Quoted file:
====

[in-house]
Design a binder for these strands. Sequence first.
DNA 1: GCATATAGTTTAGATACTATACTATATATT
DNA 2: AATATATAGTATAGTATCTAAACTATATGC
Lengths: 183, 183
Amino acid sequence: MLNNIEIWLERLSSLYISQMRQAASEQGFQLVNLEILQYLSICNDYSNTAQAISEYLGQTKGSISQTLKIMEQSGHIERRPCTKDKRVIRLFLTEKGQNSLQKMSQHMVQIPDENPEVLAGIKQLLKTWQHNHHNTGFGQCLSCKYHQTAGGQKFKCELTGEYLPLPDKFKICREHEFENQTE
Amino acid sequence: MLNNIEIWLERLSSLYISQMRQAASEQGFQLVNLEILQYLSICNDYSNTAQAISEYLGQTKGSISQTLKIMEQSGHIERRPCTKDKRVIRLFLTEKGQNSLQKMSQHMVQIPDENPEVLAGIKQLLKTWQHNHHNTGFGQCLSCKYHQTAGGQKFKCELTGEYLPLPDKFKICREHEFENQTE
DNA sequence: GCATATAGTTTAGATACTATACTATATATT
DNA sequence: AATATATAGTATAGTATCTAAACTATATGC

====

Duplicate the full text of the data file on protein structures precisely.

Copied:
[in-house]
Design a binder for these strands. Sequence first.
DNA 1: GCATATAGTTTAGATACTATACTATATATT
DNA 2: AATATATAGTATAGTATCTAAACTATATGC
Lengths: 183, 183
Amino acid sequence: MLNNIEIWLERLSSLYISQMRQAASEQGFQLVNLEILQYLSICNDYSNTAQAISEYLGQTKGSISQTLKIMEQSGHIERRPCTKDKRVIRLFLTEKGQNSLQKMSQHMVQIPDENPEVLAGIKQLLKTWQHNHHNTGFGQCLSCKYHQTAGGQKFKCELTGEYLPLPDKFKICREHEFENQTE
Amino acid sequence: MLNNIEIWLERLSSLYISQMRQAASEQGFQLVNLEILQYLSICNDYSNTAQAISEYLGQTKGSISQTLKIMEQSGHIERRPCTKDKRVIRLFLTEKGQNSLQKMSQHMVQIPDENPEVLAGIKQLLKTWQHNHHNTGFGQCLSCKYHQTAGGQKFKCELTGEYLPLPDKFKICREHEFENQTE
DNA sequence: GCATATAGTTTAGATACTATACTATATATT
DNA sequence: AATATATAGTATAGTATCTAAACTATATGC